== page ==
At necropsy, all carcasses were in excellent nutritional condition. All birds had focal to extensive acute hemorrhages of pectoral musculature, oropharyngeal and intracoelomic hemorrhage, and hepatic rupture. No other abnormalities were noted in the gross examination.
In the histological examination, we found the lungs to be markedly congested with patchy atelectasis and widespread hemorrhage of bronchi and parabronchi. Ruptured liver sections had acute hemorrhages along the torn borders. There were mild pre-existing lesions in most liver sections characterized by multifocal small, discrete and random foci of lymphocytes, plasma cells, and macrophages.
Skeletal muscle sections showed foci of pronounced acute hemorrhages accompanied by acute myofiber degeneration and necrosis. No other significant histological abnormalities were observed in other examined tissues. Toxicologic heavy metal screening of livers revealed acceptable non-toxic concentrations. The measured brain cholinesterase activity was within an acceptable range for this species of bird. The berries were identified by the University of California, Davis herbarium, as Schinus terebinthifolius (Anacardiaceae, cashew family) commonly known as the Brazilian Pepper Tree. The Brazilian Pepper Tree fruit (drupes) grow in clusters and as they ripen turn bright red (MacDonald et al. 2008). Then, the red skin dries to become a pink papery shell surrounding the seed. The Brazilian Pepper Tree is an invasive plant introduced as an ornamental (Center for Aquatic and Invasive Plants, University of Florida 2010). Birds are one of its primary mechanisms for seed dispersal (Shetty et al. 2011; MacDonald et al. 2008).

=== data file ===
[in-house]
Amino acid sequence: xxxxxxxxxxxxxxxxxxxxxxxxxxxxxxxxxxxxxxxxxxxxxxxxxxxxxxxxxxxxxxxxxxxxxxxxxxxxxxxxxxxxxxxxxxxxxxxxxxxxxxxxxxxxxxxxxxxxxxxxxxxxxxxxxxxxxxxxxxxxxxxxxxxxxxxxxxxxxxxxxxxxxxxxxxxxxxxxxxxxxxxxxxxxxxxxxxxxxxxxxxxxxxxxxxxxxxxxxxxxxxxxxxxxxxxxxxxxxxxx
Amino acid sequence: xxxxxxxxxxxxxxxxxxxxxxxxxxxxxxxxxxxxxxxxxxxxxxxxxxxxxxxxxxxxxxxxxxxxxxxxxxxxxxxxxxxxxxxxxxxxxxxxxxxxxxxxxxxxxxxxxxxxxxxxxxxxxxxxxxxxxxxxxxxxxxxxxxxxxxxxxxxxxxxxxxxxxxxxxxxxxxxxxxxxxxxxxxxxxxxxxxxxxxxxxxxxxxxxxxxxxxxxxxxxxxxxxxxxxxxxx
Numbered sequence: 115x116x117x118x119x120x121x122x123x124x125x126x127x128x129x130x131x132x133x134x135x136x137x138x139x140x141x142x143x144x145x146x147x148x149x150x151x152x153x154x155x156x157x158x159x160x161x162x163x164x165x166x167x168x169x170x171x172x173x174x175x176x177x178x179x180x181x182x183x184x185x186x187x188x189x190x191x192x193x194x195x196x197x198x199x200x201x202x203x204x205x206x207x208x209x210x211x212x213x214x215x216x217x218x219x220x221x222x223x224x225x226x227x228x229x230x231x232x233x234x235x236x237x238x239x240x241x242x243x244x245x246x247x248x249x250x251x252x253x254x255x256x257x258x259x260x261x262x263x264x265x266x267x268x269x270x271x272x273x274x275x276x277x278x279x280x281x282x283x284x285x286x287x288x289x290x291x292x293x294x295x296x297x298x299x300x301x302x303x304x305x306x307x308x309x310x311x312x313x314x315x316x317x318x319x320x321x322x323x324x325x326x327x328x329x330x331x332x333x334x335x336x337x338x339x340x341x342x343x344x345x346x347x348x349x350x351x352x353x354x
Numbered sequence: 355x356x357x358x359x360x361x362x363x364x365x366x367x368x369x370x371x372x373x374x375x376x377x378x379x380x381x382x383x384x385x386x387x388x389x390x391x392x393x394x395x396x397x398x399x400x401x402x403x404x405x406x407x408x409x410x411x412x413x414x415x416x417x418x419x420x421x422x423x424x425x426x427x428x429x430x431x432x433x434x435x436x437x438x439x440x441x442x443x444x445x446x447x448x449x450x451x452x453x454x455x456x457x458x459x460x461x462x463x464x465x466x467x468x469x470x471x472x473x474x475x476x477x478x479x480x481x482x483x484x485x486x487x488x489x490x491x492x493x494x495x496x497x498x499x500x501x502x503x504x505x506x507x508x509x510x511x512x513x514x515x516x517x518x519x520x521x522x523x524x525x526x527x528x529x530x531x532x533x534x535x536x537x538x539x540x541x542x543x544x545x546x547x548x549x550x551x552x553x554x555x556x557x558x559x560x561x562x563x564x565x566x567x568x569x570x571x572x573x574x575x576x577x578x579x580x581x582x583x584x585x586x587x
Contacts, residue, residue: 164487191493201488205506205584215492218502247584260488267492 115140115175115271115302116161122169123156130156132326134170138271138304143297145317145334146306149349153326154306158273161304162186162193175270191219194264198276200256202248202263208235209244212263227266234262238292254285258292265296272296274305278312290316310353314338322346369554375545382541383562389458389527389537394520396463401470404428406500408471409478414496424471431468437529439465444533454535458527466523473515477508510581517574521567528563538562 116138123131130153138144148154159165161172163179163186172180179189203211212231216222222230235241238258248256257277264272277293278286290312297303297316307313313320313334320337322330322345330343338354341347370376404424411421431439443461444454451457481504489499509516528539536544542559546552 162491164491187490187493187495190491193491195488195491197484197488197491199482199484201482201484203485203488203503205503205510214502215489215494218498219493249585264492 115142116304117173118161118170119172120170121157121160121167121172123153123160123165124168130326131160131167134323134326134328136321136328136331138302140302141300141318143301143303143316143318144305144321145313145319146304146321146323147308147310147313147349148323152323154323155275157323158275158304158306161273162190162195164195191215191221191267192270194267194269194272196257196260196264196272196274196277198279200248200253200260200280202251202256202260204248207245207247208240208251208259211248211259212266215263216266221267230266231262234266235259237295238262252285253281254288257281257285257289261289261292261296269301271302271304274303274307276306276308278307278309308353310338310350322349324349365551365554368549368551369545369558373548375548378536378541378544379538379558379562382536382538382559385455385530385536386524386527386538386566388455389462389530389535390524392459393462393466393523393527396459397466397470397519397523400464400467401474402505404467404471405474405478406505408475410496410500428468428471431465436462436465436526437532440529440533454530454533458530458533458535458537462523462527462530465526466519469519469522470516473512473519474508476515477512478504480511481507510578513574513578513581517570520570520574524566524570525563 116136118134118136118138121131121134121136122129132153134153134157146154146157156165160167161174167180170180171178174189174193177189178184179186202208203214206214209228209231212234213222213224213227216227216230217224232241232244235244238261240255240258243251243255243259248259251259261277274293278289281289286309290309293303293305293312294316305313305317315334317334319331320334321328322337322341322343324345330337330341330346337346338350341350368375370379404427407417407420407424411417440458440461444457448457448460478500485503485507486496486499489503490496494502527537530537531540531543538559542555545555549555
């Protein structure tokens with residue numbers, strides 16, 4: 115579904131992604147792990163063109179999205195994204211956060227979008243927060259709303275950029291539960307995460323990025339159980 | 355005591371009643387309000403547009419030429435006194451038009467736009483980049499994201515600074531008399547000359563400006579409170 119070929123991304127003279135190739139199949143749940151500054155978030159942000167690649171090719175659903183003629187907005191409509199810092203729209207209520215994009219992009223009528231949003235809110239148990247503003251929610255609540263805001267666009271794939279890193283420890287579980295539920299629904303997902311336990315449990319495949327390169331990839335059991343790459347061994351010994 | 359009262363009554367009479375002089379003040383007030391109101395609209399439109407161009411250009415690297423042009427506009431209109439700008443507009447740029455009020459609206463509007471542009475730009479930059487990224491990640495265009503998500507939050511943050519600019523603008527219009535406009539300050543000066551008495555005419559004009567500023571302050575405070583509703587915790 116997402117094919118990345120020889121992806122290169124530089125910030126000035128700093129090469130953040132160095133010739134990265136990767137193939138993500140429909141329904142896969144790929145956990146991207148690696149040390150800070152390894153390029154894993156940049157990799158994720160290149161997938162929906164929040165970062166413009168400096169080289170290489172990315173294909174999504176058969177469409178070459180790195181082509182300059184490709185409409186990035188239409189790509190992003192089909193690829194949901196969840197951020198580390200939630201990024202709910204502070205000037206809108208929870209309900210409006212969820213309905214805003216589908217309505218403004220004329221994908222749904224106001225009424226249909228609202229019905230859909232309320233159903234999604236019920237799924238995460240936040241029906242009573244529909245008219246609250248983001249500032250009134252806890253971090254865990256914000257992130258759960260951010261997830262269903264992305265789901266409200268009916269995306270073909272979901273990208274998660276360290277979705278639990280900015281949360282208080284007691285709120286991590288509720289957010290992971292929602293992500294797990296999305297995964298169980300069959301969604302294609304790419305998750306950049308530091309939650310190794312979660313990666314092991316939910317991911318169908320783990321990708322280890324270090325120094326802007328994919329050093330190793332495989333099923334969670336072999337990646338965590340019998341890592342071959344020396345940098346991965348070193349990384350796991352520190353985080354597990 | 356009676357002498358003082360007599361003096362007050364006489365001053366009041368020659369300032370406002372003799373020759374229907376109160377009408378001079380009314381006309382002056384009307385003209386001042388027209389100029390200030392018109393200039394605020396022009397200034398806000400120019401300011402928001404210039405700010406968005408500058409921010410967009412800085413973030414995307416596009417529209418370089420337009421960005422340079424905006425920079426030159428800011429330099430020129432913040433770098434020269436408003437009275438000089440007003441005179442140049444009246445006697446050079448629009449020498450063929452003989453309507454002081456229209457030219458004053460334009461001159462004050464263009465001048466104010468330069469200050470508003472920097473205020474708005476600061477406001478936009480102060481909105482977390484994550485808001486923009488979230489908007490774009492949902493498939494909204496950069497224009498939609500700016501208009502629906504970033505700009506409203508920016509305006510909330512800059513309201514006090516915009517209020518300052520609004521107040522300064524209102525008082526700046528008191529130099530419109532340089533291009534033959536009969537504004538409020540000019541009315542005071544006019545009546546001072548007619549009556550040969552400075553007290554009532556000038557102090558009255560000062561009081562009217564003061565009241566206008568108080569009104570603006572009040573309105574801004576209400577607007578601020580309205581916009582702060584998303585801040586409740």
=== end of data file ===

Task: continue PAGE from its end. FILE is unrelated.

No bacterial pathogens were isolated from livers and intestinal contents by aerobic and Salmonella culture. Cloacal swabs from these birds were tested for avian influenza and exotic Newcastle disease by RRT-PCR with negative results.
There were mixed fungal growths on the bark. Cultures of berries had a low to a high Cladosporium sp. count.
A significant finding in our study is the detection of 1,000 ppm ethanol in the liver of one of nine birds, 260 ppm in two of six pools of intestinal contents, and 700 ppm from the out-of-state submission of one of two gastrointestinal pools analyzed. Ethanol was not detected in eight livers, in six pools of crop, and six pools of gizzard contents. In our study, the primary cause of death in the 21 birds necropsied was hepatic rupture and severe internal hemorrhage from blunt trauma.